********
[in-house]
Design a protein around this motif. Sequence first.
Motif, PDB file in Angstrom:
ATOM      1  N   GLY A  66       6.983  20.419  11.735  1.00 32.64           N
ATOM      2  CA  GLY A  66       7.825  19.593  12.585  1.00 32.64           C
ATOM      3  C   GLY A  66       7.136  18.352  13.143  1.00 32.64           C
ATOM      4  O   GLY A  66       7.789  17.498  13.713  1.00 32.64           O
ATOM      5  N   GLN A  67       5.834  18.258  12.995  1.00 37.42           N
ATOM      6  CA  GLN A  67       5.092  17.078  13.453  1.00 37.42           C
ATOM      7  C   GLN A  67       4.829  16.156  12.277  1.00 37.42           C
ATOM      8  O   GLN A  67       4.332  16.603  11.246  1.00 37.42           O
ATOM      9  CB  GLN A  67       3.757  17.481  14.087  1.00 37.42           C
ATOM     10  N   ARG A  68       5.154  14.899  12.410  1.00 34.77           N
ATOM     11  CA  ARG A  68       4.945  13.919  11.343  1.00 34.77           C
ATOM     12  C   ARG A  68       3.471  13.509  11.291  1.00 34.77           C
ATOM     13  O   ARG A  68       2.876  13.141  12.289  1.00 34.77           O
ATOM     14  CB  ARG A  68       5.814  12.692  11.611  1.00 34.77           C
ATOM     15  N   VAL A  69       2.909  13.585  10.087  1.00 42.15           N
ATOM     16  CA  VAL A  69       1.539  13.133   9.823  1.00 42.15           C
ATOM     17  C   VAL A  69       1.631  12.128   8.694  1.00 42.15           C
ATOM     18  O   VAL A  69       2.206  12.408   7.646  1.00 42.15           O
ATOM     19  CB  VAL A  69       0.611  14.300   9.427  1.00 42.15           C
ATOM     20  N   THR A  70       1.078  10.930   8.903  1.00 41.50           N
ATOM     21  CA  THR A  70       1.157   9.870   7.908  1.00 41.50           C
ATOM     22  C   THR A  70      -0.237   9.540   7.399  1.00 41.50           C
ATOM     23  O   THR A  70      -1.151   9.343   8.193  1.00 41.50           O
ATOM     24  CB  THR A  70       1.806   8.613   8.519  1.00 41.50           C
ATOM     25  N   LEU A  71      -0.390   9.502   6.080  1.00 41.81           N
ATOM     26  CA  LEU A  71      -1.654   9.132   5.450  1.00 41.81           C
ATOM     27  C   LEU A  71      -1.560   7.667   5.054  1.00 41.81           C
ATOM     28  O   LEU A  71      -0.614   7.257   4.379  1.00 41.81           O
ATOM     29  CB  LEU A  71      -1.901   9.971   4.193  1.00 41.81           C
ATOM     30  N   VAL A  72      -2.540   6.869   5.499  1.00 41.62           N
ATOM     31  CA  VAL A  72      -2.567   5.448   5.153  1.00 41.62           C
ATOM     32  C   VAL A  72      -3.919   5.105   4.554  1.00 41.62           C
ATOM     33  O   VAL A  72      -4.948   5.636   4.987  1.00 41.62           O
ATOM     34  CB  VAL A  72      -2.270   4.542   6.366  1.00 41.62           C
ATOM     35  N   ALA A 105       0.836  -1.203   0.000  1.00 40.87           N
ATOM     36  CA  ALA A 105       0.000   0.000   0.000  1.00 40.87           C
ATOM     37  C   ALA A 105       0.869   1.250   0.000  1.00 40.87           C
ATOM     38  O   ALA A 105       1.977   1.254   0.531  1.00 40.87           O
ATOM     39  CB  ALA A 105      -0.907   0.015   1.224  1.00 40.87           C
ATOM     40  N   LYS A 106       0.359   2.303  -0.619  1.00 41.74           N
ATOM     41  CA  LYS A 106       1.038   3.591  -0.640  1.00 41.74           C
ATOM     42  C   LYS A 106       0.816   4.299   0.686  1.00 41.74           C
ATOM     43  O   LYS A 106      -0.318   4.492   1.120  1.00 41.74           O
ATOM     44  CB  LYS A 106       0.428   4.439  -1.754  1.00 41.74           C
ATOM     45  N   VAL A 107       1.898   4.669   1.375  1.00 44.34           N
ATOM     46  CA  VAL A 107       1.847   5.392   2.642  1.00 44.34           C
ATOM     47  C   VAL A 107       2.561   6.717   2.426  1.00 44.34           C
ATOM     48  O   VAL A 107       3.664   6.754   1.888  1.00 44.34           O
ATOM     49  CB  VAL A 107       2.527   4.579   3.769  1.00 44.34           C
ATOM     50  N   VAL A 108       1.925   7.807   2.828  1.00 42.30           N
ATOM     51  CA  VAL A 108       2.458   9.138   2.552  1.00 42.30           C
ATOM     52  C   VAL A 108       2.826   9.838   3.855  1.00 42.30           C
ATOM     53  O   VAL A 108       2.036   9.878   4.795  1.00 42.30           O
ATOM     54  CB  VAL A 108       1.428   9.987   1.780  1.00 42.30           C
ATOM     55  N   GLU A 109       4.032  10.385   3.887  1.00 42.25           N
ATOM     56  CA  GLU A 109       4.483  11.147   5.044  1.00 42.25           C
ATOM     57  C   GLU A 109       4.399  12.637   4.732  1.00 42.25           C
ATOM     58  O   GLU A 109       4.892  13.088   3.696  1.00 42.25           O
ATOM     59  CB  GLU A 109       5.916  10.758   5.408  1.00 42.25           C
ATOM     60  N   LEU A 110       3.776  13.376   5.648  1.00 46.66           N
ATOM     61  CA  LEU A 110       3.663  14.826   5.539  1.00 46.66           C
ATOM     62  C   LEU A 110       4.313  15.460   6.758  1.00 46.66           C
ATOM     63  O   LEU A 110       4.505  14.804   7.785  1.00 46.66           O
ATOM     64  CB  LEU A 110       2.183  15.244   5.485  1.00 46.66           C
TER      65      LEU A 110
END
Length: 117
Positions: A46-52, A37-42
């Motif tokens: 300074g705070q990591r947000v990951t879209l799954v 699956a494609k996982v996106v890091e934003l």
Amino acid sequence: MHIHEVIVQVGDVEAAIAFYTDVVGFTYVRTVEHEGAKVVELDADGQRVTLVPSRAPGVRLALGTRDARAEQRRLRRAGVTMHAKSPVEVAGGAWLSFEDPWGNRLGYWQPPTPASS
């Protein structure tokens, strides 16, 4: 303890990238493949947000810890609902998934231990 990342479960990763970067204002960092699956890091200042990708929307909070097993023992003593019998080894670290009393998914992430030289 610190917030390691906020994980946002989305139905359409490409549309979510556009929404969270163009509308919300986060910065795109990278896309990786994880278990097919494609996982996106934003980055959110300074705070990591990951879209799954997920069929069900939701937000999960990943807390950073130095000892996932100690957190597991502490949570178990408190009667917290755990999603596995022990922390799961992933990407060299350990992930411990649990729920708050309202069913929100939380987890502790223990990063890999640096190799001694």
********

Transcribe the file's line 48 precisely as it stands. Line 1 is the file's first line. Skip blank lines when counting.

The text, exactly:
ATOM     45  N   VAL A 107       1.898   4.669   1.375  1.00 44.34           N